22 March 2011

Virtual Learning for a Real World

Last August I entered one of the most exciting, rewarding and difficult endeavors of my adult journey. I applied and was accepted into graduate school at Thunderbird School of Global Management.

I hadn't intended to get my master's degree. With 12 hours in graduate level human resources and after an international assignment (when distance-learning was not as prevalent), my mother's terminal illness and the meeting of my future husband, finishing this degree was no longer relevant and was not a priority.

After 4 transformative years working on creating a physician-focused MBA within Gallup, learning from some of the smartest health care leaders and academicians in the country, it was clear to me that if I could find a program that contained the elements of transformation that our physicians had experienced, that maybe getting my master's degree at this stage in the "game" would be an experience and a value to my career. The elements included: self-leadership focus, management, practical application and international immersion into business in another region of the world. Finally, the program must be "virtual" or distance-based with significant components on-line.

Few programs fit this list outside of the program we had created for doctors. Thunderbird fit most of it, with a heavy focus on international business and immersion with learning about global issues.

From my first of 4 didactic weeks, I have become a passionate advocate to others of this mind-changing masters in global business.
My cohort met together to launch the program for 1 week in Glendale, during which we received a hard-earned 3 credit hours. We left with our books for the next 7 months since we would now be meeting with each other and faculty via gmail, skype, phone, video and many forms of instant messaging. This redefines the way in which people relate, build relationships and with limited time and complex demands, find effective ways to do group work, learn and ultimately get good grades.

As I reflect on the past 7 months with this trimester set to finish at the end of April, I remain a passionate advocate. Additionally, I am lead to wonder about how to raise the bar for this on-demand or virtual program, and how I might facilitate dialogue regarding.

A few ideas are being shared, virtually, amongst our cohort and with faculty. These have triggered other ideas including the potential that current on-demand students, who are mostly employed in full-time positions in management and leadership, could consist of a more formal approach to mentoring full-time students or new graduates without business experience. We are all taking stock of our careers up to now, and this immersion is likely a key catalyst paired with our common goal to change the quality of the world in which we live for the better. This vulnerability could be mutually beneficial to those that have stepped from undergrad right into grad school or those with less experience in the working world.

Additionally, there must be a way to ensure that faculty in virtual programs have what it takes to create, manage and engage students virtually. This is very hard job because we are social animals. The students get social fuel from each other and assignments, but the faculty are mostly uni-directional in their roles in educating. Not only is that difficult for them but is apparent in the disconnects that result, for the student learners and the barriers that come from interactions based on discussion board posts, solely.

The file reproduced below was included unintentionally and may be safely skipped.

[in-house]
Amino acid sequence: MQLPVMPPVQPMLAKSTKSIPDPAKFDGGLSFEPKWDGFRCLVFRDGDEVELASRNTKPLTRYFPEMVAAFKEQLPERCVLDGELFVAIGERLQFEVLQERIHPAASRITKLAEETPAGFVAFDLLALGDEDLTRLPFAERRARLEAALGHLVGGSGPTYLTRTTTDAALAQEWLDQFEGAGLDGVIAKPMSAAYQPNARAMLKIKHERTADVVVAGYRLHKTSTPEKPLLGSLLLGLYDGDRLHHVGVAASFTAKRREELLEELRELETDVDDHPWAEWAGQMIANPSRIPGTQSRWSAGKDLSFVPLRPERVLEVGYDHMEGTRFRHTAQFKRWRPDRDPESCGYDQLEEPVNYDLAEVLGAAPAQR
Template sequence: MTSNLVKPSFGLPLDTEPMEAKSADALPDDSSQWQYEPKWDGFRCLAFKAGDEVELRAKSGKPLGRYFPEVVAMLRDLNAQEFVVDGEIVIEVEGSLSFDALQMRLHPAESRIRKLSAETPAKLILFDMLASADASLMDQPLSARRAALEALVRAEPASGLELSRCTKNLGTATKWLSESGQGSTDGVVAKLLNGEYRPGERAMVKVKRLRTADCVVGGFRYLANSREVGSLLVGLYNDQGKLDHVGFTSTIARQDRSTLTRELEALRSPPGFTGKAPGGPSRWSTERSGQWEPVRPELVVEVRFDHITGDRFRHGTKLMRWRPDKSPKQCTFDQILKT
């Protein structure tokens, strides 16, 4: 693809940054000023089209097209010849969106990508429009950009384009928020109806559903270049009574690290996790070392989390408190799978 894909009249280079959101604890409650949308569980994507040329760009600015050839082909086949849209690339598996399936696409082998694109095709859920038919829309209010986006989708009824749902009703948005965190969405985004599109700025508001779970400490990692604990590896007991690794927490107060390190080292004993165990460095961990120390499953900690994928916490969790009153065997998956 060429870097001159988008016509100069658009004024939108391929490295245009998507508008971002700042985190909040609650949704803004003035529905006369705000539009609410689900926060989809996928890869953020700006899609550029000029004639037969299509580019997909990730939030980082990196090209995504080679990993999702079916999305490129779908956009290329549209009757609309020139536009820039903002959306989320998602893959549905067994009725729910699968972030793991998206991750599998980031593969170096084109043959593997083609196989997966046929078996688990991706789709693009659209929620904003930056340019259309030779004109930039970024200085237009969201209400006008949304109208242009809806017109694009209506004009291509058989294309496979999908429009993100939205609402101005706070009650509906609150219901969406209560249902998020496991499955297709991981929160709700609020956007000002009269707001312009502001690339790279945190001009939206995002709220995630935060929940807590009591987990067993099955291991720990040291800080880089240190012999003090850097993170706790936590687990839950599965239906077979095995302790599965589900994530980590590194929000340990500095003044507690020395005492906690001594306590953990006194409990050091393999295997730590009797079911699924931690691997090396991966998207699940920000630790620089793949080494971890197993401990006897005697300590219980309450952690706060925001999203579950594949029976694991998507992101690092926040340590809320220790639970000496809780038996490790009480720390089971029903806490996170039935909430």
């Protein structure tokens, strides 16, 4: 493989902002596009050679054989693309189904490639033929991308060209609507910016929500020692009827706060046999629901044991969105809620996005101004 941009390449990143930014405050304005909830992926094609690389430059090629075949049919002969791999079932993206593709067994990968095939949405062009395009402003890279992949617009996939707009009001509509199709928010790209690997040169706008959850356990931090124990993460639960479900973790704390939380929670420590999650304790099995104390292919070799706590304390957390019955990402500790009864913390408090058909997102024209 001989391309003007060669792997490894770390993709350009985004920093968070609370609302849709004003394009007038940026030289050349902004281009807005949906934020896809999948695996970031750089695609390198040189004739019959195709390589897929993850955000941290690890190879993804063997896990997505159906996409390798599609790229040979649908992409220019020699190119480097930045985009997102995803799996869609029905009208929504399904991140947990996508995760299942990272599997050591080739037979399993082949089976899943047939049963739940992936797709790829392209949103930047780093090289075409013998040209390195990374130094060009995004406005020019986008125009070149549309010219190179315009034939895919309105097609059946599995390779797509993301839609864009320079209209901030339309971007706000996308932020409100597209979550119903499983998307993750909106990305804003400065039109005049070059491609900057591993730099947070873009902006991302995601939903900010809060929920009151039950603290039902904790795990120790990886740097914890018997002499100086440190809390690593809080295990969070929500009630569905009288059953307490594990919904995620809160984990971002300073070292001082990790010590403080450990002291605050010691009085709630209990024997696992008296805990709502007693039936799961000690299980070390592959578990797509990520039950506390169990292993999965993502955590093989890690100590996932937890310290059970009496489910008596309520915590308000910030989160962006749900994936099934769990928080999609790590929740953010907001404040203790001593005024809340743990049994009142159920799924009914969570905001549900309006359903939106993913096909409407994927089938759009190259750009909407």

Finally, I wonder if by creating a bi-directional approach for virtual courses, maybe where webinars include a virtual live classroom, the ability to ensure practical learning and practical application could be better achieved. This vs. the conceptual models and information upon which our great universities were built.

In June I head to Prague with a small group from my cohort and other cohorts for 3 credit hours and an immersion into European business. In September, we head to Sao Paulo to learn about business in South America. We have the choice to go to Asia as well as South Africa and eventually Africa. As my ODXI com-padre noted last night, maybe we should go to all continents to ensure we are truly prepared to be global managers when we earn our degree?

24 January 2011

Life Change

As I reflect on the past few months, the events, responsibilities, associations and experiences are nearly solely about change. Significant change.

A move to a new city from our acreage home. A change of job for both my husband and I. A new home with new places to eat, exercise, celebrate and enjoy our dogs. New noises. New views. New creatures of the earth.

Additionally, the chapter at my childhood home at Meadow View Ranch ended in 2010. My intuitive Mother, during her dying days exactly four years ago, prepped my Father for this inevitable move to town. He will miss his big sandhill keeping him safe, his "pet" pheasants, the many mule deer who wandered through, but mostly he'll miss his cows. However, his sprightly energy will sustain his excavation business and his old car renovation hobby.

The symbol for this period of time is Mr. Lewis, the stallion. He represents the last one to leave the ranch and through the process of building trust with him, represents that we all have fears about what the future holds. As Dad's gift to me, he will join us in Seattle in the Spring.